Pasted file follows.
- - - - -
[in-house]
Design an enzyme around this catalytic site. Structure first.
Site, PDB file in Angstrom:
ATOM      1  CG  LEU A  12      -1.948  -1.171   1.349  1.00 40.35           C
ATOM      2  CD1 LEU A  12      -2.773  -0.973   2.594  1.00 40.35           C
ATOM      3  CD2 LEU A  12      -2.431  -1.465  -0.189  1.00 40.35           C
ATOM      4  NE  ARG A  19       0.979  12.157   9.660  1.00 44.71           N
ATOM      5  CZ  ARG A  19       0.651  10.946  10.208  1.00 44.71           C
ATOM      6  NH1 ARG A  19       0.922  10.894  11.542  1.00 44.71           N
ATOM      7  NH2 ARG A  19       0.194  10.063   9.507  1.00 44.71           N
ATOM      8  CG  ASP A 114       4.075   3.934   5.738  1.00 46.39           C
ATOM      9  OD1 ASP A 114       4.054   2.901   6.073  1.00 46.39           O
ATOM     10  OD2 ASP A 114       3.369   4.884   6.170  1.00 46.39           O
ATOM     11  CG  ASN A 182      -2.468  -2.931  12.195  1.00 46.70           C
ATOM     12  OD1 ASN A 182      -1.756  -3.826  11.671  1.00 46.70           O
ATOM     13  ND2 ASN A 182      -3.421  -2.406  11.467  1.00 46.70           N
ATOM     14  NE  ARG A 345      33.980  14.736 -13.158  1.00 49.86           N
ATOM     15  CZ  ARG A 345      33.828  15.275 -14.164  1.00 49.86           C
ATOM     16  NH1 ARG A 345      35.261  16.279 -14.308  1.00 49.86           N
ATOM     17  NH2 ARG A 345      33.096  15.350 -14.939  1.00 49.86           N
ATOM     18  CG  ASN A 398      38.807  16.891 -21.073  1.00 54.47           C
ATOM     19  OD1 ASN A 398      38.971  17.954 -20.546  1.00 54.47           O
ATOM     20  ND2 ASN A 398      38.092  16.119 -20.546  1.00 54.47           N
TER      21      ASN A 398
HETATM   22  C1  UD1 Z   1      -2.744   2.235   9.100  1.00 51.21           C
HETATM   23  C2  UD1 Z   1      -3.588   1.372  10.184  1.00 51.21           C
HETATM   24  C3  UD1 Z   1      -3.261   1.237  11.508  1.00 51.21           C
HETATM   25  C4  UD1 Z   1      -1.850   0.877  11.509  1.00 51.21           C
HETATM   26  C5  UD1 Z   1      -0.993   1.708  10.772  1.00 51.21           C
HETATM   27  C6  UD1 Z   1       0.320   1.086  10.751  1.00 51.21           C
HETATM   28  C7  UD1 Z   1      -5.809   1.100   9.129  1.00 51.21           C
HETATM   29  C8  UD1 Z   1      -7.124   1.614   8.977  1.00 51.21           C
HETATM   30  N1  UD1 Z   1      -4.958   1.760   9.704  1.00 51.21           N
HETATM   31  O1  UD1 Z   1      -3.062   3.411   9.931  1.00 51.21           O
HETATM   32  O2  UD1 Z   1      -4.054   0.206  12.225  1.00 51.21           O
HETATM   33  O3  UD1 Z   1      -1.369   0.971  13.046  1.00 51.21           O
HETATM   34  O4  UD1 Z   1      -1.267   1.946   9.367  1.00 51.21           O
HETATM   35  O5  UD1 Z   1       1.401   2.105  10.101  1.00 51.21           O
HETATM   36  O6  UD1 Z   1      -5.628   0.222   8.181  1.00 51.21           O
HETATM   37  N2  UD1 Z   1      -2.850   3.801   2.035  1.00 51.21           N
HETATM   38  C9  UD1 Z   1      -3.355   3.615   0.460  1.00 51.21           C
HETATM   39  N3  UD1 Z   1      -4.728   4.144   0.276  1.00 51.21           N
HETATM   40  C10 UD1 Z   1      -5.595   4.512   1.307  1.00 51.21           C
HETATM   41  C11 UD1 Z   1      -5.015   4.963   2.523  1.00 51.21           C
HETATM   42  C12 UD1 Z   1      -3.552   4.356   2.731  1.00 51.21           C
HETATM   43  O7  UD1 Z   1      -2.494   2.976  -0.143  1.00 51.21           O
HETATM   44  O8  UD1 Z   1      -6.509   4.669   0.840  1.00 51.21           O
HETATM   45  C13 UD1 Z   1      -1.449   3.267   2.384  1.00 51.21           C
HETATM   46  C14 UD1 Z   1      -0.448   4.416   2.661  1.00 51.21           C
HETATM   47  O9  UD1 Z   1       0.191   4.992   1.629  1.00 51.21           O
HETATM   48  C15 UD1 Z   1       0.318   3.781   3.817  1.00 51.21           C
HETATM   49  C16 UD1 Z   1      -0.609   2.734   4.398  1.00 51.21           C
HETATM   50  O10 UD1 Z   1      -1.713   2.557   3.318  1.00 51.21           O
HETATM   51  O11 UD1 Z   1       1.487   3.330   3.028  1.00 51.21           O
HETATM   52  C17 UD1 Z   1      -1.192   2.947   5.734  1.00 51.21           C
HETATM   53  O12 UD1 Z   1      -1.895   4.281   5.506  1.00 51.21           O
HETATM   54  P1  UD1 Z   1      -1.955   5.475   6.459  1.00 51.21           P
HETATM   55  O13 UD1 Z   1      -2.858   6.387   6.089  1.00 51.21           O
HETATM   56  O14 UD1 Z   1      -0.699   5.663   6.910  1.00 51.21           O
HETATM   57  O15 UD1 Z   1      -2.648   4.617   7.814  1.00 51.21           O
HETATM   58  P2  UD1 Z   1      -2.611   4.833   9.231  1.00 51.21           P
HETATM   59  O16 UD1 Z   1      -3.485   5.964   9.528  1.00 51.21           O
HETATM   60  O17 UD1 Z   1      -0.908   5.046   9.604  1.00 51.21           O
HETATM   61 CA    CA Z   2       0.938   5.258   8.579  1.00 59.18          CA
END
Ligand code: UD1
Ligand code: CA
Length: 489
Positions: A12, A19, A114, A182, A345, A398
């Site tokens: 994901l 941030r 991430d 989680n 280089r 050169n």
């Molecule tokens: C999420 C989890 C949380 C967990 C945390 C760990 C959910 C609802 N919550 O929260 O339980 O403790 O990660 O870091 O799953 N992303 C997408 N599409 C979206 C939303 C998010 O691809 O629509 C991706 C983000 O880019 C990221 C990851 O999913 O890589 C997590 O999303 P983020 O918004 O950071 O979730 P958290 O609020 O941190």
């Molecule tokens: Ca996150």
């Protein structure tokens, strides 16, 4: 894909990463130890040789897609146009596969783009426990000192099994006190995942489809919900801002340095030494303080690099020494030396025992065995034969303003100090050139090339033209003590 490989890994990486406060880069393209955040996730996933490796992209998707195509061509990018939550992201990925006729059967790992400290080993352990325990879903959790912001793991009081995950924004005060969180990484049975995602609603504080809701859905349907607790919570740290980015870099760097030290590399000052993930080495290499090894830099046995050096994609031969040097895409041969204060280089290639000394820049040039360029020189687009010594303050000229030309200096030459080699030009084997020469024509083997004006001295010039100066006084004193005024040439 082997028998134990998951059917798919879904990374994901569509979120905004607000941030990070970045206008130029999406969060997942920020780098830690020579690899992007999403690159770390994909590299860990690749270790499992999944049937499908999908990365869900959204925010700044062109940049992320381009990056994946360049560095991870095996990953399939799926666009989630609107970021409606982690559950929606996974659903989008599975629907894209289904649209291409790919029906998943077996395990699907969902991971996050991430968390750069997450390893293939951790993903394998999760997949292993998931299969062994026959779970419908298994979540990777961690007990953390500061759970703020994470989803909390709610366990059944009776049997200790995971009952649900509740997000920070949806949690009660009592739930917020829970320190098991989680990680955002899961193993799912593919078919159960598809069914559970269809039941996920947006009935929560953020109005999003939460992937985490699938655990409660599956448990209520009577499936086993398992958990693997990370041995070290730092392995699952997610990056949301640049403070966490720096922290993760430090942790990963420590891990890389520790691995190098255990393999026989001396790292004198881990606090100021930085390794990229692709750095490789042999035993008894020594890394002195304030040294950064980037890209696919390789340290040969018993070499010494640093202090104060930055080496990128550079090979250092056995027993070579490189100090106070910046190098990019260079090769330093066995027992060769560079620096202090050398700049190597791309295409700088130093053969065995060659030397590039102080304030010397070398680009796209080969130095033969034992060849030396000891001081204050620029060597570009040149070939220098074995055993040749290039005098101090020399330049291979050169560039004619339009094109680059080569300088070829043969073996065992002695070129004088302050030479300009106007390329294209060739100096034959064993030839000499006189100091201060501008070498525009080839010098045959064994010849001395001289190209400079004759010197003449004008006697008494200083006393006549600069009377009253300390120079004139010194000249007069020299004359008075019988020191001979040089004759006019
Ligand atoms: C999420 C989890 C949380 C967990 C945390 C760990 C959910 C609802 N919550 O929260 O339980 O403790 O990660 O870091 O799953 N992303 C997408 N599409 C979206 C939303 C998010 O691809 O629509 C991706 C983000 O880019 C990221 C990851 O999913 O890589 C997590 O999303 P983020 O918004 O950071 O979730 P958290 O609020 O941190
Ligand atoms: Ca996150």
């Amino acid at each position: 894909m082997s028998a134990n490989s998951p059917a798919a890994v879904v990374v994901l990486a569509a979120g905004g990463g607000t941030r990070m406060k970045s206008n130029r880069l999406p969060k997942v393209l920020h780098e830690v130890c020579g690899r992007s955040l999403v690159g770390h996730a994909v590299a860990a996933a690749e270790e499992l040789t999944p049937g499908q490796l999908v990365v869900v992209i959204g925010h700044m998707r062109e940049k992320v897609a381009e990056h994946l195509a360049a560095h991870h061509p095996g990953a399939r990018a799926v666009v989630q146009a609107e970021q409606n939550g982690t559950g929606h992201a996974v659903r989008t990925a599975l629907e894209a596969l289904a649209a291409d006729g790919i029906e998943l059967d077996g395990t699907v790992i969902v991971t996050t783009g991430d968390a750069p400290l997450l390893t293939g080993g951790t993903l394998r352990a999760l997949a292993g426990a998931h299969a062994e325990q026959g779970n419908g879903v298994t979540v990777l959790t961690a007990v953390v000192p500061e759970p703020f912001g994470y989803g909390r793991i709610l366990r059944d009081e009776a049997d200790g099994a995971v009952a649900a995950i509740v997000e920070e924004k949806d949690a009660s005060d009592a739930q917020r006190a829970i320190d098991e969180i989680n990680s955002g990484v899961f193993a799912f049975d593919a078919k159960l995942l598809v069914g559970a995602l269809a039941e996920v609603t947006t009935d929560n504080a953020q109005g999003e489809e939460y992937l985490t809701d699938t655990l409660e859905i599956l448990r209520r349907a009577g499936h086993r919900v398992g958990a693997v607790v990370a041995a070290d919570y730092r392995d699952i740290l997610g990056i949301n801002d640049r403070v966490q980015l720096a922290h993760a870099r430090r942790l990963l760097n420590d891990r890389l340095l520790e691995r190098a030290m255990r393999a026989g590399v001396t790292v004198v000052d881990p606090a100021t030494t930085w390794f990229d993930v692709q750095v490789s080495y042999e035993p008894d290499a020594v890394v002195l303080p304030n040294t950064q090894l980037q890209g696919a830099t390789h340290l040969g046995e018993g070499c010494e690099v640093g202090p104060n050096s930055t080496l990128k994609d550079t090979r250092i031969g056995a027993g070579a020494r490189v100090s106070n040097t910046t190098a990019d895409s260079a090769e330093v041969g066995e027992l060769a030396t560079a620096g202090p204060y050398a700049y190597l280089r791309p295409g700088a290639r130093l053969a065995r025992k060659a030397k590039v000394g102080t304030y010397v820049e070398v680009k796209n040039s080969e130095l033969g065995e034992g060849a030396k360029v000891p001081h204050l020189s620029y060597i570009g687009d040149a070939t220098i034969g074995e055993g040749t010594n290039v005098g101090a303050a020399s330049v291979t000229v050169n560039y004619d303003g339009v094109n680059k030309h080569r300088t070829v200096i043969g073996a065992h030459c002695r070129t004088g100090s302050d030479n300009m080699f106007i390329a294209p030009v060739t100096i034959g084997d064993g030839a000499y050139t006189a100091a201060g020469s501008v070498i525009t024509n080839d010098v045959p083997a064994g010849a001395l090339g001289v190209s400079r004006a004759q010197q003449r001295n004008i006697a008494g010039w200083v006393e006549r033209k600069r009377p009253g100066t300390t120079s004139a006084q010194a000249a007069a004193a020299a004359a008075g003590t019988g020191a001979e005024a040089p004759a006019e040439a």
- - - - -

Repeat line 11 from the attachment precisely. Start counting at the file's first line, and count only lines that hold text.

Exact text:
ATOM      8  CG  ASP A 114       4.075   3.934   5.738  1.00 46.39           C